Nazario v. Secretary, Department of Corrections et al

Filing 12

ORDER denying the Petition 1 and dismissing the case with prejudice, with instructions to the Clerk. Signed by Judge Marcia Morales Howard on 4/29/2016. (BL)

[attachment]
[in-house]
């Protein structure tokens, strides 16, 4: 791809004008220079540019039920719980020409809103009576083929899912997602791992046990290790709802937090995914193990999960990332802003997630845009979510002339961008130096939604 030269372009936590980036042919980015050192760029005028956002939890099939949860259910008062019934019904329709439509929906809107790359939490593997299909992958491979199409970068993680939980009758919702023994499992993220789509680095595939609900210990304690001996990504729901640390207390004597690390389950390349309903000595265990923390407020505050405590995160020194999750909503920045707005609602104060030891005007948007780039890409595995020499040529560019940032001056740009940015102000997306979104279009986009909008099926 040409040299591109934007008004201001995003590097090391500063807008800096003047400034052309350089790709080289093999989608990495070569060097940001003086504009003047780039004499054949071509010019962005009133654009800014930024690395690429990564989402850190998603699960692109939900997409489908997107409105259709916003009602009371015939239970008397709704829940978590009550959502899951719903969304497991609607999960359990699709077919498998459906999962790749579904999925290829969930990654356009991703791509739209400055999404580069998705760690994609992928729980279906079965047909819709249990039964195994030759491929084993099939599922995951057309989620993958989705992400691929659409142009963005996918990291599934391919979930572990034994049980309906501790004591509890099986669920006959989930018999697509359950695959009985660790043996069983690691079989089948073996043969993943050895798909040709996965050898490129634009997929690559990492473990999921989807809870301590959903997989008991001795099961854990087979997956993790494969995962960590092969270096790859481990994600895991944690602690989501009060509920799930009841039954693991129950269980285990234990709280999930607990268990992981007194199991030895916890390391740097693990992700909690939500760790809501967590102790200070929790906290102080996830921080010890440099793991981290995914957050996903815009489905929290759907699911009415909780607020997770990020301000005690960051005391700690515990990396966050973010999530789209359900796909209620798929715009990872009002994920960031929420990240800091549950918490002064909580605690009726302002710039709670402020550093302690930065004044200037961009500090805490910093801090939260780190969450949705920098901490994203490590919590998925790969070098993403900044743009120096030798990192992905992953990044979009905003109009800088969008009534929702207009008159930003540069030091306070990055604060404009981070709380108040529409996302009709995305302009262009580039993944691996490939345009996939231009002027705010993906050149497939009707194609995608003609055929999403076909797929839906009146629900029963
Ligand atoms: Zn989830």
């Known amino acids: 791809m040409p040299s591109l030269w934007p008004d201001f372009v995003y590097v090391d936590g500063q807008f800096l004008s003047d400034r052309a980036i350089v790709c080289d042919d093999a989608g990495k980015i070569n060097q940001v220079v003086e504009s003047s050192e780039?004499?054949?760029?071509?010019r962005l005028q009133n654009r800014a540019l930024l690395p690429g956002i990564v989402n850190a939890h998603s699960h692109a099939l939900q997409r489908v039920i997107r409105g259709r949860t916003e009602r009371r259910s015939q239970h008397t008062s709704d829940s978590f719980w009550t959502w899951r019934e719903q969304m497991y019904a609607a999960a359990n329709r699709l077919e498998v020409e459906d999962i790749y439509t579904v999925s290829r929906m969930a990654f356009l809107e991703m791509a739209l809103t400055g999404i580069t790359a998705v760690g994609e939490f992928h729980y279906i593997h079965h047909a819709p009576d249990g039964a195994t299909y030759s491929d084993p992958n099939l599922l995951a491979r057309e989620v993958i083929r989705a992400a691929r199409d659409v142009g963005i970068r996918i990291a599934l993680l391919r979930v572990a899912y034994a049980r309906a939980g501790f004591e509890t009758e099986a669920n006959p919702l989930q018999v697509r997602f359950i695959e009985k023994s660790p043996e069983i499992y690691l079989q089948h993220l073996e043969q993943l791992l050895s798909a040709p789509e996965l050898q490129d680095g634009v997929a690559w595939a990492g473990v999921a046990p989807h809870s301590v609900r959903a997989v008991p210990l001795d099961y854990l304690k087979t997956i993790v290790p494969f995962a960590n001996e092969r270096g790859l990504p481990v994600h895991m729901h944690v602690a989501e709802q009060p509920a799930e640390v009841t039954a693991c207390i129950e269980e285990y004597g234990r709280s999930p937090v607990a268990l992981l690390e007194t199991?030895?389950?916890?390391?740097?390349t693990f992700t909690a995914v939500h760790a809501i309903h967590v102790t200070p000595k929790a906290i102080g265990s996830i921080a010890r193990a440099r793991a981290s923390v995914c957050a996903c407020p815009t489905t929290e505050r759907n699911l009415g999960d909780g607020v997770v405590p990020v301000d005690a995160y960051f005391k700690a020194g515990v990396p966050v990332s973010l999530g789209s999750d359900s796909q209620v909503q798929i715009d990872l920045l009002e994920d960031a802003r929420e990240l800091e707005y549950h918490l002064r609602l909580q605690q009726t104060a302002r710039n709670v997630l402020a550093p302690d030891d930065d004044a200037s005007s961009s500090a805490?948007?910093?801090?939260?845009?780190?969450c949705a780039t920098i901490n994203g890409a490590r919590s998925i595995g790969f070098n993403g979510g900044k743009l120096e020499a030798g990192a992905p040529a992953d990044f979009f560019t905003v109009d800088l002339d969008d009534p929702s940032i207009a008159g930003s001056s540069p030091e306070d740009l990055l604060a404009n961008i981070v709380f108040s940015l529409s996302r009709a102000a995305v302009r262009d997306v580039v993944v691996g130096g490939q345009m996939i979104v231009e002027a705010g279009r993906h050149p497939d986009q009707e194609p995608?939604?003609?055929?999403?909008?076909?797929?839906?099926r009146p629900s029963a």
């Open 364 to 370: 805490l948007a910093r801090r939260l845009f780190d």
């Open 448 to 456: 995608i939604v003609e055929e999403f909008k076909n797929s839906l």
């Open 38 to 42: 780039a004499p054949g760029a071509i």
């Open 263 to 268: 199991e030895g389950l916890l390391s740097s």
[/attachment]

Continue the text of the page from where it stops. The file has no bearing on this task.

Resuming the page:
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UNITED STATES DISTRICT COURT MIDDLE DISTRICT OF FLORIDA JACKSONVILLE DIVISION JAVIER NAZARIO, Petitioner, v. Case No. 3:13-cv-786-J-34JRK SECRETARY, FLORIDA DEPARTMENT OF CORRECTIONS, et al., Respondents. ORDER I. Status Petitioner Javier Nazario, an inmate of the Florida penal system, initiated this action on July 3, 2013, by filing a pro se Petition for Writ of Habeas Corpus (Petition; Doc. 1) under 28 U.S.C. § 2254. In the Petition, Nazario challenges a 2010 state court (Duval County, Florida) judgment of conviction for aggravated fleeing or attempting to elude a law enforcement officer, felony driving under the influence, and driving while license suspended or revoked. Respondents have submitted a memorandum in opposition to the Petition. See Respondents' Answer to Petition for Writ of Habeas Corpus (Response; Doc. 7) with exhibits (Resp. Ex.). On September 26, 2013, the Court entered an Order to Show Cause and Notice to Petitioner (Doc. 5), admonishing Nazario regarding his obligations and giving Nazario a time frame in which to submit a reply. Nazario submitted a brief in reply. See Response (Doc. 11). This case is ripe for review. II. Procedural History On September 22, 2010, in Case No. 2010-CF-9756, the State of Florida charged Nazario with aggravated fleeing or attempting to elude a law enforcement officer (count one), felony driving under the influence (count two), and driving while license suspended or revoked (count three). Resp. Ex. A, Information. On November 10, 2010, Nazario entered a plea of guilty and negotiated sentence. Resp. Exs. B; I, attached Ex. C, Transcript of the Plea Hearing (Plea Tr.). That same day, the trial court sentenced him to a term of imprisonment of seven years for count one, a term of imprisonment of five years for count two, and a jail term of seventy-three days for count three, such terms to run concurrently with each other. Resp. Ex. C, Judgment; Plea Tr. at 12. Nazario did not appeal his judgment and sentence. On August correction of 23, 2011, sentence Nazario pursuant filed to a Florida pro se Rule motion of for Criminal Procedure 3.800(a). Resp. Ex. D. That same day, he filed a motion for post-conviction relief pursuant to Florida Rule of Criminal Procedure 3.850. Resp. Ex. E. In his request for post-conviction relief, he asserted that counsel was ineffective because she failed to investigate and prepare a defense. On November 2, 2011, Petitioner filed a motion to strike his Rule 3.800 and 3.850 motions and sought permission to file an amended Rule 3.850 motion. Resp. Ex. F. 2 On November 7, 2011, Nazario filed a pro se amended motion for post-conviction relief (amended Rule 3.850 motion). Resp. Ex. G. In his request for post-conviction relief, he asserted that his plea was involuntarily entered by “illegal inducement” because counsel lied when she told him that it would be in his best interest to enter the plea (ground one), and counsel was ineffective because she told him that “the State had enough evidence to establish a prima facie case of guilt against him on all charges” (ground two). Resp. Ex. G. On June 19, 2012, the trial court denied his Rule 3.800 motion and his original and amended Rule 3.850 motions. Resp. Ex. H. On September 12, 2012, the trial court vacated its June 19, 2012 order, and denied the amended Rule 3.850 motion. Resp. Ex. I. The court denied Nazario’s motion for rehearing on October 5, 2010. Resp. Exs. J; K. On Nazario’s appeal, the parties did not file briefs. On March 11, 2013, the appellate court affirmed the trial court’s denial per curiam without issuing a written opinion, see Nazario v. State, 111 So.3d 885 (Fla. 1st DCA 2013); Resp. Ex. L, and later denied Nazario’s motion for rehearing on April 29, 2013, see Resp. Exs. M; N. The mandate issued on May 15, 2013. Resp. Ex. O. III. One-Year Limitations Period The Petition appears to be timely filed within the one-year limitations period. See 28 U.S.C. § 2244(d); Response at 5-7. 3 IV. Evidentiary Hearing “In deciding whether to grant an evidentiary hearing, a federal court must consider whether such a hearing could enable an applicant to prove the petition’s factual allegations, which, if true, would entitle the applicant to federal habeas relief.” Schriro v. Landrigan, 550 U.S. 465, 474 (2007) (citation omitted). “It follows that if the record refutes the applicant’s factual allegations or otherwise precludes habeas relief, a district court is not required to hold an evidentiary hearing.” Id. The pertinent facts of this case are fully developed in the record before the Court. Because this Court can “adequately assess [Petitioner’s] claim[s] without further factual development,” Turner v. Crosby, 339 F.3d 1247, 1275 (11th Cir. 2003), an evidentiary hearing will not be conducted. V. Standard of Review The Court will analyze Nazario’s claims under 28 U.S.C. § 2254(d), as amended by the Antiterrorism and Effective Death Penalty Act of 1996 (AEDPA). Section 2254(d) states: An application for a writ of habeas corpus on behalf of a person in custody pursuant to the judgment of a State court shall not be granted with respect to any claim that was adjudicated on the merits in State court proceedings unless the adjudication of the claim (1) resulted in a decision that was contrary to, or involved an unreasonable application of, clearly established Federal law, as 4 determined by the Supreme Court of the United States; or (2) resulted in a decision that was based on an unreasonable determination of the facts in light of the evidence presented in the State court proceeding. Thus, 28 U.S.C. § 2254(d) “bars relitigation of any claim ‘adjudicated on the merits’ in state court, subject only to the exceptions in §§ 2254(d)(1) and (d)(2).” Harrington v. Richter, 562 U.S. 86, 98 (2011). As the United States Supreme Court stated, “AEDPA erects a formidable barrier to federal habeas relief for prisoners whose claims have been adjudicated in state court.” Burt v. Titlow, 134 S.Ct. 10, 16 (2013). This standard of review is described as follows: Under AEDPA, when the state court has adjudicated the petitioner’s claim on the merits, a federal court may not grant habeas relief unless the state court’s decision was “contrary to, or involved an unreasonable application of, clearly established Federal law, as determined by the Supreme Court of the United States,” 28 U.S.C. § 2254(d)(1), or “was based on an unreasonable determination of the facts in light of the evidence presented in the State court proceeding,” id. § 2254(d)(2). “Under § 2254(d)(1)’s ‘contrary to’ clause, we grant relief only ‘if the state court arrives at a conclusion opposite to that reached by [the Supreme] Court on a question of law or if the state court decides a case differently than [the Supreme Court] has on a set of materially indistinguishable facts.’” Jones v. GDCP Warden, 753 F.3d 1171, 1182 (11th Cir. 2014) (quoting Williams v. Taylor, 529 U.S. 362, 413, 120 S.Ct. 1495, 146 L.Ed.2d 389 (2000)). “Under § 2254(d)(1)’s ‘unreasonable application’ clause, we grant relief only ‘if the state court identifies the 5 correct governing legal principle from [the Supreme] Court’s decisions but unreasonably applies that principle to the facts of the prisoner's case.’” Id. (quoting Williams, 529 U.S. at 413, 120 S.Ct. 1495). For § 2254(d), clearly established federal law includes only the holdings of the Supreme Court – not Supreme Court dicta, nor the opinions of this Court. White v. Woodall,U.S. -, 134 S.Ct. 1697, 1702, 188 L.Ed.2d 698 (2014). To clear the § 2254(d) hurdle, “a state prisoner must show that the state court’s ruling on the claim being presented in federal court was so lacking in justification that there was an error well understood and comprehended in existing law beyond any possibility for fairminded disagreement.” Harrington v. Richter, 562 U.S. 86, 131 S.Ct. 770, 786-87, 178 L.Ed.2d 624 (2011). “[A]n ‘unreasonable application of’ [Supreme Court] holdings must be ‘objectively unreasonable,’ not merely wrong; even ‘clear error’ will not suffice.” Woodall, 134 S.Ct. at 1702 (quoting Lockyer v. Andrade, 538 U.S. 63, 75-76, 123 S.Ct. 1166, 155 L.Ed.2d 144 (2003)). A state court need not cite or even be aware of Supreme Court cases “so long as neither the reasoning nor the result of the state-court decision contradicts them.” Early v. Packer, 537 U.S. 3, 8, 123 S.Ct. 362, 154 L.Ed.2d 263 (2002); accord Richter, 131 S.Ct. at 784. “AEDPA thus imposes a highly deferential standard for evaluating state-court rulings and demands that state-court decisions be given the benefit of the doubt.” Renico v. Lett, 559 U.S. 766, 773, 130 S.Ct. 1855, 176 L.Ed.2d 678 (2010) (citations and internal quotation marks omitted). And when a claim implicates both AEDPA and Strickland, our review is doubly deferential. Richter, 131 S.Ct. at 788 (“The standards created by Strickland and § 2254(d) are both highly deferential, and when the two apply in tandem, review is doubly so.” (citations and internal quotation marks omitted)). [A petitioner] must establish that no fairminded jurist would have reached the Florida court’s conclusion. See 6 Richter, 131 S.Ct. at 786-87; Holsey v. Warden, Ga. Diagnostic Prison, 694 F.3d 1230, 1257-58 (11th Cir. 2012). “If this standard is difficult to meet, that is because it was meant to be.” Richter, 131 S.Ct. at 786.... Taylor v. Sec’y, Fla. Dep’t of Corr., 760 F.3d 1284, 1293-94 (11th Cir. 2014), cert. denied, 135 S.Ct. 2323 (2015); see also Hittson v. GDCP Warden, 759 F.3d 1210, 1230 (11th Cir. 2014), cert. denied, 135 S.Ct. 2126 (2015). For a state court’s resolution of a claim to be an adjudication on the merits, so that the state court’s determination will be entitled to deference for purposes of federal habeas corpus review under AEDPA, all that is required is a rejection of the claim on the merits, not an opinion that explains the state court’s rationale for such a ruling. Hittson, 759 F.3d at 1232 (“[T]here is no AEDPA requirement that a state court explain its reasons for rejecting a claim[.]”); Richter, 562 U.S. at 100 (holding and reconfirming that “§ 2254(d) does not require a state court to give reasons before its decision can be deemed to have been ‘adjudicated on the merits’”); Wright v. Sec’y for the Dep’t of Corr., 278 F.3d 1245, 1255 (11th Cir. 2002). Thus, to the extent that Nazario’s claims were adjudicated on the merits in the state courts, they must be evaluated under § 2254(d). VI. Ineffective Assistance of Counsel “The Sixth Amendment guarantees criminal defendants effective assistance of counsel. That right 7 is denied when a defense counsel’s performance falls below an objective standard of reasonableness and thereby prejudices the defense.” Yarborough v. Gentry, 540 U.S. 1, 5 (2003) (per curiam) (citing Wiggins v. Smith, 539 U.S. 510, 521 (2003), and Strickland v. Washington, 466 U.S. 668, 687 (1984)). To establish deficient performance, a person challenging a conviction must show that “counsel’s representation fell below an objective standard of reasonableness.” [Strickland,] 466 U.S. at 688, 104 S.Ct. 2052. A court considering a claim of ineffective assistance must apply a “strong presumption” that counsel’s representation was within the “wide range” of reasonable professional assistance. Id., at 689, 104 S.Ct. 2052. The challenger’s burden is to show “that counsel made errors so serious that counsel was not functioning as the ‘counsel’ guaranteed the defendant by the Sixth Amendment.” Id., at 687, 104 S.Ct. 2052. With respect to prejudice, a challenger must demonstrate “a reasonable probability that, but for counsel’s unprofessional errors, the result of the proceeding would have been different.[1] A reasonable probability is a probability sufficient to undermine confidence in the outcome.” Id., at 694, 104 S.Ct. 2052. It is not enough “to show that the errors had some conceivable effect on the outcome of the 1 In the context of an ineffective assistance challenge to the voluntariness of a guilty or no contest plea, a petitioner must show there is a “reasonable probability that, but for counsel’s errors, he would not have pleaded guilty and would have insisted on going to trial.” Hill v. Lockhart, 474 U.S. 52, 59 (1985); see Lynch v. Sec’y, Fla. Dep’t of Corr., 776 F.3d 1209, 1218 (11th Cir. 2015) (citation omitted) (stating that, to succeed on a claim that counsel was ineffective because he advised petitioner to plead guilty, petitioner “must prove that: (1) counsel’s advice was deficient; and (2) ‘but for counsel’s errors, he would not have pleaded guilty and would have insisted on going to trial’”), cert. denied, 136 S.Ct. 798 (2016). 8 proceeding.” Id., at 693, 104 S.Ct. 2052. Counsel’s errors must be “so serious as to deprive the defendant of a fair trial, a trial whose result is reliable.” Id., at 687, 104 S.Ct. 2052. Richter, 562 U.S. at 104. The Eleventh Circuit has recognized “the absence of any iron-clad rule requiring a court to tackle one prong of the Strickland test before the other.” Ward v. Hall, 592 F.3d at 1163. Since both prongs of the two-part Strickland test must be satisfied to show a Sixth Amendment violation, “a court need not address the performance prong if the petitioner cannot meet the prejudice prong, and vice-versa.” Id. (citing Holladay v. Haley, 209 F.3d 1243, 1248 (11th Cir. 2000)). As stated in Strickland: “If it is easier to dispose of an ineffectiveness claim on the ground of lack of sufficient prejudice, which we expect will often be so, that course should be followed.” Strickland, 466 U.S. at 697. A state court’s adjudication of an ineffectiveness claim is accorded great deference. “[T]he standard for judging counsel’s representation is a most deferential one.” Richter, - U.S. at -, 131 S.Ct. at 788. But “[e]stablishing that a state court’s application of Strickland was unreasonable under § 2254(d) is all the more difficult. The standards created by Strickland and § 2254(d) are both highly deferential, and when the two apply in tandem, review is doubly so.” Id. (citations and quotation marks omitted). “The question is not whether a federal court believes the state court’s determination under the Strickland standard was incorrect but whether that determination was unreasonable a substantially higher threshold.” Knowles v. Mirzayance, 556 U.S. 111, 123, 129 S.Ct. 1411, 1420, 173 L.Ed.2d 251 (2009) (quotation marks 9 omitted). If there is “any reasonable argument that counsel satisfied Strickland’s deferential standard,” then a federal court may not disturb a state-court decision denying the claim. Richter, - U.S. at -, 131 S.Ct. at 788. Hittson, 759 F.3d at 1248; Knowles v. Mirzayance, 556 U.S. 111, 123 (2009). “In addition to the deference to counsel’s performance mandated by Strickland, the AEDPA adds another layer of deference--this one to a state court’s decision--when we are considering whether to grant federal habeas relief from a state court's decision.” Rutherford v. Crosby, 385 F.3d 1300, 1309 (11th Cir. 2004). As such, “[s]urmounting Strickland’s high bar is never an easy task.” Padilla v. Kentucky, 559 U.S. 356, 371 (2010). VII. Findings of Fact and Conclusions of Law Nazario asserts that counsel (Assistant Public Defender Mechelle Herrington) was ineffective because she coerced him into entering a guilty plea. See Petition at 5-6. Assuming that Nazario intends to raise the same ineffectiveness claim here that he raised in his amended Rule 3.850 motion in state court, see Resp. Ex. G, his ineffectiveness claim is sufficiently exhausted. Identifying the two-prong Strickland ineffectiveness test and Hill v. Lockhart as the controlling law, see Resp. Ex. I at 1-2, the post-conviction court denied the amended Rule 3.850 motion with respect to the claim, stating in pertinent part: Both of Defendant’s grounds essentially state the same claim, therefore, they will be considered together. In his first ground for 10 relief, Defendant avers that his plea was involuntary. He states that counsel lied to him when explaining that a plea would be in his best interest because counsel overstated the strength of the State’s case against him. Defendant alleges that this falsehood, along with counsel’s failure to adequately investigate the case, resulted in a coerced plea for which there was no factual basis because there was insufficient evidence to support a conviction for Counts One and Two. In his second ground for relief, Defendant again alleges that counsel lied and provided misadvice when she told Defendant that “the State had enough evidence against him to establish a prima facie case of guilt on all charges.” (Def.’s Mot. at 3.) This time, however, Defendant states that counsel’s deficient performance (lying to him about the facts and law of the case, as stated in Ground One) induced him to take a plea instead of going to trial on Counts One and Two. Regarding the sufficiency of Defendant’s plea, the Court finds that the plea was supported by a factual basis and was knowingly, intelligently, and voluntarily made. During Defendant’s plea colloquy, Defendant stipulated to a factual basis for the plea. (Ex. C at 6.) The Court found that based on the stipulation and the sworn arrest and booking report, a factual basis existed for Defendant’s plea. (Ex. C at 8; D.) Koenig v. State, 597 So.2d 256, 258 (Fla. 1992)(finding stipulation to a factual basis is acceptable provided that a factual basis exists in the record.) Following a detailed colloquy, the Court accepted Defendant’s plea as knowingly and voluntarily made. (Ex. C at 11.) A defendant may not seek to go behind his sworn testimony at a plea hearing in a postconviction motion. Stano v. State, 520 So.2d 278 (Fla. 1988); Bir v. State, 493 So.2d 55 (Fla. 1st DCA 1986); Dean v. State, 580 So.2d 808 (Fla. 3d DCA 1991). Further, during the colloquy, the Court explained to Defendant that he had the right 11 to go to trial and challenge the evidence against him. (Exhibit C at 9-10). At no time did Defendant indicate to the Court that he felt there was insufficient evidence to sustain the charges against him and that he wished to go to trial. (Ex. C). The Court also ascertained that Defendant had not been forced, threatened, or promised anything to induce a plea. (Ex. C at 7.) Defendant admitted to the Court that he was pleading guilty to the charges against him because he was, in fact, guilty. (Ex. C at 6-11.) As indicated supra, a defendant may not seek to go behind his sworn testimony at a plea hearing in a postconviction motion. Stano, 520 So.2d at 278; Bir, 493 So.2d at 55; Dean, 580 So.2d at 808. As for satisfaction with counsel’s representation, Defendant affirmed that his counsel had satisfactorily answered all of his questions, that she “had not failed him in any aspect of the representation,” and that he was completely satisfied with her services. (Ex. C at 11.) Despite the opportunity, at no time did Defendant tell the Court that counsel failed to investigate his case or lied to him about the strength of the State’s case. Again, defendant may not seek to go behind his sworn testimony at a plea hearing in a postconviction motion. Stano, 520 So.2d 278; Bir, 493 So.2d 55; Dean, 580 So.2d 808. The record, including the sworn arrest report and transcript of Defendant’s plea colloquy and sentencing hearing, refutes the claims raised in the instant Motion. See Johnson v. State, 22 So.3d 840, 844 (Fla. 1st DCA 2009)(“When determining ‘whether an allegation is conclusively refuted by the record, [a trial court] may rely on the sworn testimony the defendant has given in the plea colloquy. Any allegations that contradict those answers should not be entertained.’”) (citing Smith v. State, 21 So.3d 72, 76 (Fla. 1st DCA 2009)[)]. Instead, the record supports the finding that Defendant’s plea was knowingly, intelligently, and voluntarily 12 made. Therefore, Defendant has not met his burden under Strickland. He has demonstrated neither deficient performance by counsel nor resulting prejudice. Accordingly, for the above[-]stated reasons, Defendant’s Motion is denied. Resp. Ex. I at 3-5 (footnotes omitted). On Nazario’s appeal, the appellate court affirmed the trial court’s denial per curiam, see Nazario, 111 So.3d 885; Resp. Ex. L, and later denied Nazario’s motion for rehearing, see Resp. Exs. M; N. Given the record in the instant action, the appellate court may have affirmed the denial of Nazario’s motion for post- conviction relief on the merits. If the appellate court addressed the merits, Nazario would not be entitled to relief because the state courts’ adjudications of this claim are entitled to deference under AEDPA. After a review of the record and the applicable law, the Court concludes that the state courts’ adjudications of this claim were not contrary to clearly established federal law and did not involve an unreasonable application of clearly established federal law. Nor were the state court adjudications based on an unreasonable determination of the facts in light of the evidence presented in the state court proceedings. Thus, Nazario is not entitled to relief on the basis of this claim. Even assuming that the appellate court did not affirm the denial of the post-conviction motion on the merits or that the state courts’ adjudications of the claim are not entitled to deference under AEDPA, Nazario’s ineffectiveness claim is still 13 without merit. The record supports the trial court’s conclusion. In evaluating the performance prong of the Strickland ineffectiveness inquiry, there is a strong presumption in favor of competence. See Anderson v. Sec’y, Fla. Dep’t of Corr., 752 F.3d 881, 904 (11th Cir. 2014), cert. denied, 135 S.Ct. 1483 (2015). The inquiry is “whether, in light of all the circumstances, the identified acts or omissions were outside the wide range of professionally competent assistance.” Strickland, 466 U.S. at 690. “[H]indsight is discounted by pegging adequacy to ‘counsel’s perspective at the time’ . . . and by giving a ‘heavy measure of deference to counsel’s judgments.’” Rompilla v. Beard, 545 U.S. 374, 381 (2005). Thus, Nazario must establish that no competent attorney would have taken the action that counsel, here, chose. Moreover, the test for ineffectiveness is neither whether counsel could have done more nor whether the best criminal defense attorneys might have done more; in retrospect, one may always identify shortcomings. Waters v. Thomas, 46 F.3d 1506, 1514 (11th Cir. 1995) (stating that “perfection is not the standard of effective assistance”) (quotations omitted). Instead, the test is whether what counsel did was within the wide range of reasonable professional assistance. Ward, 592 F.3d at 1164 (quotations and citation omitted); Dingle v. Sec’y for Dep’t of Corr., 480 F.3d 1092, 1099 (11th Cir. 2007) (“The question is whether some reasonable lawyer at the trial could have acted as defense counsel 14 acted in the trial at issue and not what ‘most good lawyers’ would have done.”) (citation omitted). The United States Supreme Court has determined that “the representations of the defendant . . . [at a plea proceeding] as well as any constitute a findings made formidable by the barrier in judge any accepting subsequent the plea, collateral proceedings. Solemn declarations in open court carry a strong presumption of verity.” Blackledge v. Allison, 431 U.S. 63, 73-74 (1977). Moreover, “[a] reviewing federal court may set aside a state court guilty plea only for failure to satisfy due process: If a defendant understands the charges against him, understands the consequences of a guilty plea, and voluntarily chooses to plead guilty, without being coerced to do so, the guilty plea . . . will be upheld on federal review.” Stano v. Dugger, 921 F.2d 1125, 1141 (11th Cir. 1991). On this record, Nazario has failed to carry his burden of showing that his counsel’s representation fell outside that range of reasonably professional assistance. At the plea and sentencing hearing, the following colloquy ensued: THE COURT: Have you had enough time to discuss this with your attorney? THE DEFENDANT: Yes, sir. THE COURT: Has she answered all of your questions you have had to your satisfaction? THE DEFENDANT: Yes, sir. 15 THE COURT: Has she failed you in any respect in her representation of you? THE DEFENDANT: No, sir. THE COURT: Are you completely satisfied with her services as an attorney? THE DEFENDANT: Yes, sir. THE COURT: Do you need more time to speak with her before I accept your plea? THE DEFENDANT: No, sir. THE COURT: I'll find that your plea is entered into knowingly, voluntarily, intelligently, with a complete understanding of the consequences. I'll find there's a factual basis for entry of the plea. Did I ask you if there was any DNA evidence? MS. HERRINGTON: Yes, you did, Your Honor. There is none. THE COURT: Thank you. As to -- I will accept the plea agreement. You will be adjudicated on all counts. Plea Tr. at 10-12. In addition to Nazario’s affirmations at the plea hearing, the signed negotiated plea form states, in pertinent part: I understand that by pleading guilty I give up the following constitutional rights: the right to trial by judge or jury (including, if I am charged with a capital offense, the right to a jury of twelve persons), the right to be 16 represented by counsel at trial, the right to have counsel appointed to represent me if I cannot afford to retain counsel, the right to present witnesses in my own behalf and to compel the attendance of those witnesses, the right to confront the witnesses against me, the right to require the State to prove its case against me beyond a reasonable doubt and, for purposes of this plea hearing, my right against self-incrimination. I further understand that if I am not a citizen of the United States that this plea may subject me to deportation. I also understand that by entering this plea I give up the right to appeal all matters relating to the judgement, including the issue of guilt or innocence. See Resp. Ex. B, Plea of Guilty and Negotiated Sentence. Given the record, Nazario understood that, if he proceeded to trial, the State would have been required to prove all the elements of the offenses beyond a reasonable doubt. Nevertheless, having been informed of his constitutional rights, he voluntarily waived his right to require the State to present that proof at trial, and instead entered a negotiated plea of guilty to the charges. Moreover, Nazario’s assertion that there was no factual basis for the guilty plea is unfounded. Upon the parties’ stipulation to the factual basis, see Plea Tr. at 6, the court found “there’s a factual basis for entry of the plea,” id. at 11. As noted by the post-conviction court, see Resp. Ex. I at 3 n.1, “the detailed narrative” in the arrest and booking report supports counsel’s alleged statement to Nazario that the State had sufficient evidence against him to proceed to trial on the three counts, see Resp. Ex. I, attached Ex. D, Arrest and Booking Report. Moreover, at the plea 17 hearing, Nazario affirmed that no one had forced him or threatened him or promised him anything in exchange for his guilty plea. Plea Tr. at 7. He affirmed that he was entering a plea of guilty because he was guilty of the charges. Id. at 8. Even assuming arguendo deficient performance by defense counsel, Nazario has not shown prejudice. He has not shown a “reasonable probability that, but for counsel’s errors, he would not have pleaded guilty and would have insisted on going to trial.” Hill, 474 U.S. at 59. As part of the plea agreement, the State agreed to a term of imprisonment of seven years for count one, a term of imprisonment of five years for count two, and seventy-three days in the county jail (with time served) for count three, such terms to run concurrently. Resp. Ex. B; Plea Tr. at 5-6. If Nazario had proceeded to trial, and the jury had found him guilty of the offenses, he would have faced a possible term of imprisonment of fifteen years for count one, a second degree felony.2 As such, the plea agreement gave him a significant benefit. Nazario’s ineffectiveness claim is without merit since he has shown neither deficient performance nor resulting prejudice. Accordingly, Nazario is not entitled to federal habeas relief on this ineffectiveness claim. 2 See Fla. Stat. § 316.1935(3)(a); Lambert v. State, 170 So.3d 74, 75 n.1 (Fla. 1st DCA 2015) (stating that aggravated fleeing or attempting to elude a law enforcement officer is a second-degree felony punishable by up to fifteen years in prison). 18 Moreover, to the extent that Nazario raises challenges relating to the state collateral proceeding, such challenges do not state a basis for federal habeas relief. The Eleventh Circuit Court of Appeals “has repeatedly held defects in state collateral proceedings do not provide a basis for habeas relief.” Carroll v. Sec’y, Dep’t of Corr., 574 F.3d 1354, 1365 (11th Cir. 2009) (citations omitted). “The reasoning behind this well-established principle is straightforward: a challenge to a state collateral proceeding does not undermine the legality of the detention or imprisonment--i.e., the conviction itself--and thus habeas relief is not an appropriate remedy.” Id. (citations omitted). VIII. Certificate of Appealability Pursuant to 28 U.S.C. § 2253(c)(1) If Nazario seeks issuance of a certificate of appealability, the undersigned opines that a certificate of appealability is not warranted. This Court should issue a certificate of appealability only if the petitioner makes “a substantial showing of the denial of a constitutional right.” 28 U.S.C. § 2253(c)(2). To make this substantial showing, Nazario “must demonstrate that reasonable jurists would find the district court’s assessment of the constitutional claims debatable or wrong,” Tennard v. Dretke, 542 U.S. 274, 282 (2004) (quoting Slack v. McDaniel, 529 U.S. 473, 484 (2000)), or that “the issues presented were ‘adequate to deserve encouragement to proceed further,’” Miller-El v. Cockrell, 537 U.S. 19 322, 335-36 (2003) (quoting Barefoot v. Estelle, 463 U.S. 880, 893 n.4 (1983)). Where a constitutional district claims court on the has rejected merits, the a petitioner’s petitioner must demonstrate that reasonable jurists would find the district court’s assessment of the constitutional claims debatable or wrong. See Slack, 529 U.S. at 484. However, when the district court has rejected a claim on procedural grounds, the petitioner must show that “jurists of reason would find it debatable whether the petition states a valid claim of the denial of a constitutional right and that jurists of reason would find it debatable whether the district court was correct in its procedural ruling.” Id. Upon consideration of the record as a whole, this Court will deny a certificate of appealability. Therefore, it is now ORDERED AND ADJUDGED: 1. The Petition (Doc. 1) is DENIED, and this action is DISMISSED WITH PREJUDICE. 2. The Clerk of the Court shall enter judgment denying the Petition and dismissing this case with prejudice. 3. If Nazario appeals the denial of the Petition, the Court denies a certificate of appealability. Because this Court has determined that a certificate of appealability is not warranted, the Clerk shall terminate from the pending motions report any 20 motion to proceed on appeal as a pauper that may be filed in this case. Such termination shall serve as a denial of the motion. 4. The Clerk of the Court is directed to close this case and terminate any pending motions. DONE AND ORDERED at Jacksonville, Florida, this 29th day of April, 2016. sc 4/6 c: Javier Ivan Nazario III, FDOC #304298 Counsel of Record 21